Longitudinal and transverse waves

Sound is transmitted through gases, plasma, and liquids as longitudinal waves, also called compression waves. Through solids, however, it can be transmitted as both longitudinal and transverse waves. Longitudinal sound waves are waves of alternating pressure deviations from the equilibrium pressure, causing local regions of compression and rarefaction, while transverse waves in solids, are waves of alternating shear stress. Longitudinal waves are waves that have vibrations along or parallel to their direction of travel. ... Bold text Wiktionary has related dictionary definitions, such as: compressor, compression inthe wkjhrlfidhb;g/df == Compressor may refer to: Gas compressor, a mechanical device that compresses a gas e. ... Longitudinal waves are waves that have vibrations along or parallel to their direction of travel. ... A light wave is an example of a transverse wave. ... This article is about pressure in the physical sciences. ... Look up equilibrium in Wiktionary, the free dictionary. ... Physical compression is the result of the subjection of a material to compressive stress, resulting in reduction of volume. ... Rarefaction is the reduction of a mediums density, or the opposite of compression. ... A light wave is an example of a transverse wave. ... Shear stress is a stress state where the stress is parallel or tangential to a face of the material, as opposed to normal stress when the stress is perpendicular to the face. ...


Matter in the medium is periodically displaced by a sound wave, and thus oscillates. The energy carried by the sound wave is split equally between the potential energy of the extra compression (in case of longitudinal waves) or strain (in case of transverse waves) of the matter and the kinetic energy of the oscillations of the medium. Physical compression is the result of the subjection of a material to compressive stress, resulting in reduction of volume. ... This article is about the deformation of materials. ...


Sound wave properties and characteristics

Sound waves are characterized by the generic properties of waves, which are frequency, wavelength, period, amplitude, intensity, speed, and direction (sometimes speed and direction are combined as a velocity vector, or wavelength and direction are combined as a wave vector). Surface waves in water This article is about waves in the most general scientific sense. ... For other uses, see Frequency (disambiguation). ... For other uses, see Wavelength (disambiguation). ... Periodicity is the quality of occurring at regular intervals (e. ... It has been suggested that pulse amplitude be merged into this article or section. ... In physics, intensity is a measure of the time-averaged energy flux. ... This page is about the physical speed of sound waves in a medium. ... This article is about positional information. ... This article is about velocity in physics. ... This article is about vectors that have a particular relation to the spatial coordinates. ... A wave vector is a vector that represents two properties of a wave: the magnitude of the vector represents wavenumber (inversely related to wavelength), and the vector points in the direction of wave propagation. ...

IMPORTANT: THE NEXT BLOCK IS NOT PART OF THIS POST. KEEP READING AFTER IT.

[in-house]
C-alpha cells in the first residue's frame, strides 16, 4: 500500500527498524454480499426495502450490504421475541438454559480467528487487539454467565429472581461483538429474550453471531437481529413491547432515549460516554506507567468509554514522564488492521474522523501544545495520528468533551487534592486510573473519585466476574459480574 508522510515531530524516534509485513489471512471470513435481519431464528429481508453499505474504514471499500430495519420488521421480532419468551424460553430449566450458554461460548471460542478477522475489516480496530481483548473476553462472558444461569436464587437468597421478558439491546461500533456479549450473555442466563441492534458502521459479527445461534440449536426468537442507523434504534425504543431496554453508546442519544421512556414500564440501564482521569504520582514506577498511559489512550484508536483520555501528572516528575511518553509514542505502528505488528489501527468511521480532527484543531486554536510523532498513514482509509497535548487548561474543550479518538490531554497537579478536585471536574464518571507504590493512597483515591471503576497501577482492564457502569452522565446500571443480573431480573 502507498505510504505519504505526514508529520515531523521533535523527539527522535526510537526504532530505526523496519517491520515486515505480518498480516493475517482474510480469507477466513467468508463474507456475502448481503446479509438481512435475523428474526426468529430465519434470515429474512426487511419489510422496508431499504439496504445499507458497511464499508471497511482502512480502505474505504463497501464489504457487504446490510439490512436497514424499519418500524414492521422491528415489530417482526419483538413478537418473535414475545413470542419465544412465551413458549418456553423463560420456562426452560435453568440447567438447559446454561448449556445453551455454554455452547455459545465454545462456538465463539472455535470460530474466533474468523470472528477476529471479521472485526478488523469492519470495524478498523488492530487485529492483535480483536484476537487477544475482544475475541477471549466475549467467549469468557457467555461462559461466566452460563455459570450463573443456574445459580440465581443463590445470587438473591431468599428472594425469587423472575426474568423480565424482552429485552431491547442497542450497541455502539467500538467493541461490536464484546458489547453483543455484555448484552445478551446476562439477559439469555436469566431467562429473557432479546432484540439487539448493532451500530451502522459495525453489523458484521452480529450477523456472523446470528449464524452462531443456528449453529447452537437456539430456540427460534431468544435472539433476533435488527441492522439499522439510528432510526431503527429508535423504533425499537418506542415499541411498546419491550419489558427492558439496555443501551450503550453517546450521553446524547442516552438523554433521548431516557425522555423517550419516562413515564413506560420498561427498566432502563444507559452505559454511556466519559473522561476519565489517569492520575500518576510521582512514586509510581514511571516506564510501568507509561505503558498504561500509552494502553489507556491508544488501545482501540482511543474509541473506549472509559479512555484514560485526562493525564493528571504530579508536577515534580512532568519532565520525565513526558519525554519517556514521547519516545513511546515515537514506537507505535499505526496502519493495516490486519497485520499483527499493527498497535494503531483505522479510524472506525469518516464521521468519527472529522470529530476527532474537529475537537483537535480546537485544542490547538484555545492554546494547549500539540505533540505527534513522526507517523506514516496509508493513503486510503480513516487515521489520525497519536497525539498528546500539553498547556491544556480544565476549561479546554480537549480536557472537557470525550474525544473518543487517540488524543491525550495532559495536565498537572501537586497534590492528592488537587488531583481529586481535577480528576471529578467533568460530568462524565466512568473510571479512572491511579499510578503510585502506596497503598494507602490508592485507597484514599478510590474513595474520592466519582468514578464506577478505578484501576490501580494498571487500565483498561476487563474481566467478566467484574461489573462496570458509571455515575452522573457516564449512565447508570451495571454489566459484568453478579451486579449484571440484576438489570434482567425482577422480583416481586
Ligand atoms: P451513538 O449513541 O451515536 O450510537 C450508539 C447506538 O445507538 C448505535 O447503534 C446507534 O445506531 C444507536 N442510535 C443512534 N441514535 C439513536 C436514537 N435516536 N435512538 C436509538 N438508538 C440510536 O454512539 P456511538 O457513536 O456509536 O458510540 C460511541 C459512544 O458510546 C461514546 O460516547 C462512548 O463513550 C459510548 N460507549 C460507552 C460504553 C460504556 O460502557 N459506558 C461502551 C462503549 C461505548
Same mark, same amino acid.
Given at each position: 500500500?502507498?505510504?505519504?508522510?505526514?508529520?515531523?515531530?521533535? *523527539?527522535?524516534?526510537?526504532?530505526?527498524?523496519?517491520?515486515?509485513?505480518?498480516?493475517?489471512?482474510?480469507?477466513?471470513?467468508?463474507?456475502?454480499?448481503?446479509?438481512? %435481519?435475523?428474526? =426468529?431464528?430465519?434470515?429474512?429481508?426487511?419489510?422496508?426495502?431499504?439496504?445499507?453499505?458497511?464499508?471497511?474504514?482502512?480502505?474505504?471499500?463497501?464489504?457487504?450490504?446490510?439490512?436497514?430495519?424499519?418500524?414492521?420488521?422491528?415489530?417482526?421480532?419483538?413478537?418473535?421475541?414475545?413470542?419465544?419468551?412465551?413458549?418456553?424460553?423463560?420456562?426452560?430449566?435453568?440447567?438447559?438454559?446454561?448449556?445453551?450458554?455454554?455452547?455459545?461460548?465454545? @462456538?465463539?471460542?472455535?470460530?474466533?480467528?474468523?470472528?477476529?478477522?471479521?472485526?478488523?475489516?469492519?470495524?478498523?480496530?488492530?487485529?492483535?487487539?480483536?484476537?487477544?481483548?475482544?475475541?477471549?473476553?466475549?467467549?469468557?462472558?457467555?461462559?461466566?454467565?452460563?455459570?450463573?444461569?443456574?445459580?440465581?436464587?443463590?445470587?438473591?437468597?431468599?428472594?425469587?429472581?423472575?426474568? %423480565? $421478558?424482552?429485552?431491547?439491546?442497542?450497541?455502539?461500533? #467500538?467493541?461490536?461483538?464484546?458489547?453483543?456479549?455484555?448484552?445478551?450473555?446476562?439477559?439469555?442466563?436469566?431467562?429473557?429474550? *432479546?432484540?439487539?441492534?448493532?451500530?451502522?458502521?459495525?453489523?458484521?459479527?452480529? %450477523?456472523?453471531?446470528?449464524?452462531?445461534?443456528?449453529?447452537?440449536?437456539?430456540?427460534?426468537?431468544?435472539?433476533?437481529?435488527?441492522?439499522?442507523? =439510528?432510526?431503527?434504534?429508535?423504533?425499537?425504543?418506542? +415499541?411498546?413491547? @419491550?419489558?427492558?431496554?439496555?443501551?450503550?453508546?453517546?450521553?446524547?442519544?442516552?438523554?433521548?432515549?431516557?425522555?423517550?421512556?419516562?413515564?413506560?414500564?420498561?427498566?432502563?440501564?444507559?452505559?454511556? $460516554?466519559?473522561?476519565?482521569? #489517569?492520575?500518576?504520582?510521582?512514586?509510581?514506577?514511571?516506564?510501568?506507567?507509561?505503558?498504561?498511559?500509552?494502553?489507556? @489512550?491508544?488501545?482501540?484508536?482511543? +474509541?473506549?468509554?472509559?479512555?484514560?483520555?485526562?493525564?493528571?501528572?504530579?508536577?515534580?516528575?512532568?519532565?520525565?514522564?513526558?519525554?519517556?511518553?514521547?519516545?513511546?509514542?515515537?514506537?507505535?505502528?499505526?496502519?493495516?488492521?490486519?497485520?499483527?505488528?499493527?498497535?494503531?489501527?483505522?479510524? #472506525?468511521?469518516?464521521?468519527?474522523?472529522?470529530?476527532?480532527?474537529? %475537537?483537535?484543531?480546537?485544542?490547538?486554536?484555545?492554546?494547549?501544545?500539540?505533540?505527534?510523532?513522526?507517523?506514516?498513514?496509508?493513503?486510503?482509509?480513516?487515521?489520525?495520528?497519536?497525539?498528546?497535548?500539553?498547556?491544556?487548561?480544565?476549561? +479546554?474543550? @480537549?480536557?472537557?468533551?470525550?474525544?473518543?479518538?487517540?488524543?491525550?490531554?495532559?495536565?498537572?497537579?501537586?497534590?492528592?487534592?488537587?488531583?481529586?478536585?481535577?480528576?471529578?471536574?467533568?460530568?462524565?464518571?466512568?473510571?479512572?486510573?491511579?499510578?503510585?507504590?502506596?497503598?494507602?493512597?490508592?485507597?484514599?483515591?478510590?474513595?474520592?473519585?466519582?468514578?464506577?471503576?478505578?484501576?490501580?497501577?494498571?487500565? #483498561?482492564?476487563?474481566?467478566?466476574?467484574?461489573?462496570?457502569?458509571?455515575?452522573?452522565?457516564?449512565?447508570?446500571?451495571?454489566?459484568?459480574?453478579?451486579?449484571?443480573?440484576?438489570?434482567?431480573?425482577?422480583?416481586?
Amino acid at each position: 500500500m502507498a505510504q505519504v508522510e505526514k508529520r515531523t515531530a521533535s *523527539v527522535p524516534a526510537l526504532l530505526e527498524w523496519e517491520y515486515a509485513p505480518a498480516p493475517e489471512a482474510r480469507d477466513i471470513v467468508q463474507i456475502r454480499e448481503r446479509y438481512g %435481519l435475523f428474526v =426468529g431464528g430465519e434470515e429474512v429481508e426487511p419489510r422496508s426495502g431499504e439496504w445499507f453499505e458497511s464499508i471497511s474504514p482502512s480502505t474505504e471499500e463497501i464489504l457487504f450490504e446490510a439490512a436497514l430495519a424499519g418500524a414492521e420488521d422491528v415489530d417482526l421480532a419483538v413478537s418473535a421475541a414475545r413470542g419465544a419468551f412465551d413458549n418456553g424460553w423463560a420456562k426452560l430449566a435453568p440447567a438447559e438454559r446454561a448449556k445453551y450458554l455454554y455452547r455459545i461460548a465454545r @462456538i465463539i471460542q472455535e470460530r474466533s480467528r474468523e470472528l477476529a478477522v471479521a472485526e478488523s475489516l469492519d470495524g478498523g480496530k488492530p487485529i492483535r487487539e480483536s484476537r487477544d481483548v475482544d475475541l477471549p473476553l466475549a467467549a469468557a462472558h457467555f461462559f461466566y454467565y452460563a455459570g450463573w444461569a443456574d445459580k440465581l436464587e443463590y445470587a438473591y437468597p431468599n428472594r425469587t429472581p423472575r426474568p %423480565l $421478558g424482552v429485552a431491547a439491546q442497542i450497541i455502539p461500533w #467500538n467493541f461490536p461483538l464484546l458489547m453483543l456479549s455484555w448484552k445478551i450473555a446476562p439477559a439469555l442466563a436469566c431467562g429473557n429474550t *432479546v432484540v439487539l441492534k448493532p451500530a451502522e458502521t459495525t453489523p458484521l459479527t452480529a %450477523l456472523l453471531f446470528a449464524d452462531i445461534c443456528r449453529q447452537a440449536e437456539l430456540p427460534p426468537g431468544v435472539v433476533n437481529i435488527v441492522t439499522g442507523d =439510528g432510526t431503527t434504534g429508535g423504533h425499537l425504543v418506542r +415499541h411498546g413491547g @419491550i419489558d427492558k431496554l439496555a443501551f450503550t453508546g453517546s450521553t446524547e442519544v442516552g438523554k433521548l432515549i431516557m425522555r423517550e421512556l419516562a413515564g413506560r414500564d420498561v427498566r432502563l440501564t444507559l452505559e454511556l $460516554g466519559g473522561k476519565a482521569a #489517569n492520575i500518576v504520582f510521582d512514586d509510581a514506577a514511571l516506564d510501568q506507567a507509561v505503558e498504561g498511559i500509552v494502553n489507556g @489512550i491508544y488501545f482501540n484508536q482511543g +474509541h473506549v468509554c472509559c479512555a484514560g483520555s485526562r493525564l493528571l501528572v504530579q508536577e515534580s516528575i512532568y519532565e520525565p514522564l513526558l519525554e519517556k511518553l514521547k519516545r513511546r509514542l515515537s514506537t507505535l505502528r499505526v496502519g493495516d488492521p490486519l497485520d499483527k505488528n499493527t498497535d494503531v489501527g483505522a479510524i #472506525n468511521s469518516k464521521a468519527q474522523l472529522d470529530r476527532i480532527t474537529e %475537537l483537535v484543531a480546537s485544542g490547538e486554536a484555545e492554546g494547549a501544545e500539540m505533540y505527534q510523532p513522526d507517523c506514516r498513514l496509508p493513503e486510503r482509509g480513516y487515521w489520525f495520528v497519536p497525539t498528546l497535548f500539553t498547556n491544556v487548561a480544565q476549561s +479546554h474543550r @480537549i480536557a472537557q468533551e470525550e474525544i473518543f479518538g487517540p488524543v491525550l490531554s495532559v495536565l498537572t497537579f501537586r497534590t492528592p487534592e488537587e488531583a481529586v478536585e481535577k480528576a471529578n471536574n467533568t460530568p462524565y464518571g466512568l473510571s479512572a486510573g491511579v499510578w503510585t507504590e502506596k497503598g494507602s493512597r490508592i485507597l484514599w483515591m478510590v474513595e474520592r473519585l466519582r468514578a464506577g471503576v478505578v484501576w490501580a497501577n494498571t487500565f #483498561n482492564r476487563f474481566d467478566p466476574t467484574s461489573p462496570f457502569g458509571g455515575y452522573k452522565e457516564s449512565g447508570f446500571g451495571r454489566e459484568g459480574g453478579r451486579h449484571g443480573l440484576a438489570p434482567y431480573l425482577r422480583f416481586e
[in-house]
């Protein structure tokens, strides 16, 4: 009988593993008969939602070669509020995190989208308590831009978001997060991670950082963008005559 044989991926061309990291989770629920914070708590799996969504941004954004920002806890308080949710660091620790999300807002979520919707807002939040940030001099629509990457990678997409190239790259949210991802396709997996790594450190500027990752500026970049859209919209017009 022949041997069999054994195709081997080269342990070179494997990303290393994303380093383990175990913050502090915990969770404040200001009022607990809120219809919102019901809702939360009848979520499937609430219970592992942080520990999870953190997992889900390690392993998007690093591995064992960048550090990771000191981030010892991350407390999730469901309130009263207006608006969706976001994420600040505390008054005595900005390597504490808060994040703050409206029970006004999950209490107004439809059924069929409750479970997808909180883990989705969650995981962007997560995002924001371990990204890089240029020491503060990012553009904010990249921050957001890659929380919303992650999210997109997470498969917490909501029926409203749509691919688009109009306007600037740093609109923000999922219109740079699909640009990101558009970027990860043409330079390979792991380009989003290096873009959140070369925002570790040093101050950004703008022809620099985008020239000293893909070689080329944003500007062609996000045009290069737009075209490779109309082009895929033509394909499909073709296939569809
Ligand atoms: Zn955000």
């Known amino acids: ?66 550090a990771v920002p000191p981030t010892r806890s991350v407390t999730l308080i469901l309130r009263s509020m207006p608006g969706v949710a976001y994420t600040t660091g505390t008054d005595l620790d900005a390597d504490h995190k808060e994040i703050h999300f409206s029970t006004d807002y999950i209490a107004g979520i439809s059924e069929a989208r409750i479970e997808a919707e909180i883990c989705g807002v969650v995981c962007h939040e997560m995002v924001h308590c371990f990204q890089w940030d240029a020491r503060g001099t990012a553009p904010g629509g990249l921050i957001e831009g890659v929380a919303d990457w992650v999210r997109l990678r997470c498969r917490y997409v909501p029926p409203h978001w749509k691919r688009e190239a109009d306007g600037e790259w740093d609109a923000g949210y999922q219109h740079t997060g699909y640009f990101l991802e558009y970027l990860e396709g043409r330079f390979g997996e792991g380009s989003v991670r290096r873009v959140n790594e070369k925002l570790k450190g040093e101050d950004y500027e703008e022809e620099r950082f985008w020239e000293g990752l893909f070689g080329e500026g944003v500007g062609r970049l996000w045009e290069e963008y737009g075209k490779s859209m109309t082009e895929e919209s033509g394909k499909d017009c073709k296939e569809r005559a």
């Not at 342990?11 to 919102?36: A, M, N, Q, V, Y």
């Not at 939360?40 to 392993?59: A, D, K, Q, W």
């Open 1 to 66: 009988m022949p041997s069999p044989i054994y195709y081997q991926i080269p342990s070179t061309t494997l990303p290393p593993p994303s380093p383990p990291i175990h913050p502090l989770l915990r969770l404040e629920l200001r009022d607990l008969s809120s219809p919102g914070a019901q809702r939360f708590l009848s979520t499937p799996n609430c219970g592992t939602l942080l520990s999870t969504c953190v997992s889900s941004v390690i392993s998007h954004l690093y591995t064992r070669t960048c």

Transverse waves, also known as shear waves, have an additional property of polarization. A light wave is an example of a transverse wave. ... Shear stress is a stress state where the stress is parallel or tangential to a face of the material, as opposed to normal stress when the stress is perpendicular to the face. ... In electrodynamics, polarization (also spelled polarisation) is the property of electromagnetic waves, such as light, that describes the direction of their transverse electric field. ...


Sound characteristics can depend on the type of sound waves (longitudinal versus transverse) as well as on the physical properties of the transmission medium. 1) A physical property is an aspect of an object that can be experienced using one of the five human senses: touch, taste, smell, sight or sound, or, in an extended sense, detected through any measuring device. ...


Whenever the pitch of the soundwave is affected by some kind of change, the distance between the sound wave maxima also changes, resulting in a change of frequency. When the loudness of a soundwave changes, so does the amount of compression in airwave that is travelling through it, which in turn can be defined as amplitude. Pitch may refer to: Look up Pitch in Wiktionary, the free dictionary. ... For other uses, see Frequency (disambiguation). ... It has been suggested that pulse amplitude be merged into this article or section. ...


Acoustics and noise

The scientific study of the propagation, absorption, and reflection of sound waves is called acoustics. Acoustics is the branch of physics concerned with the study of sound (mechanical waves in gases, liquids, and solids). ...


Noise is a term often used to refer to an unwanted sound. In science and engineering, noise is an undesirable component that obscures a wanted signal. This article is about noise as in sound. ...


Speed of sound

Main article: Speed of sound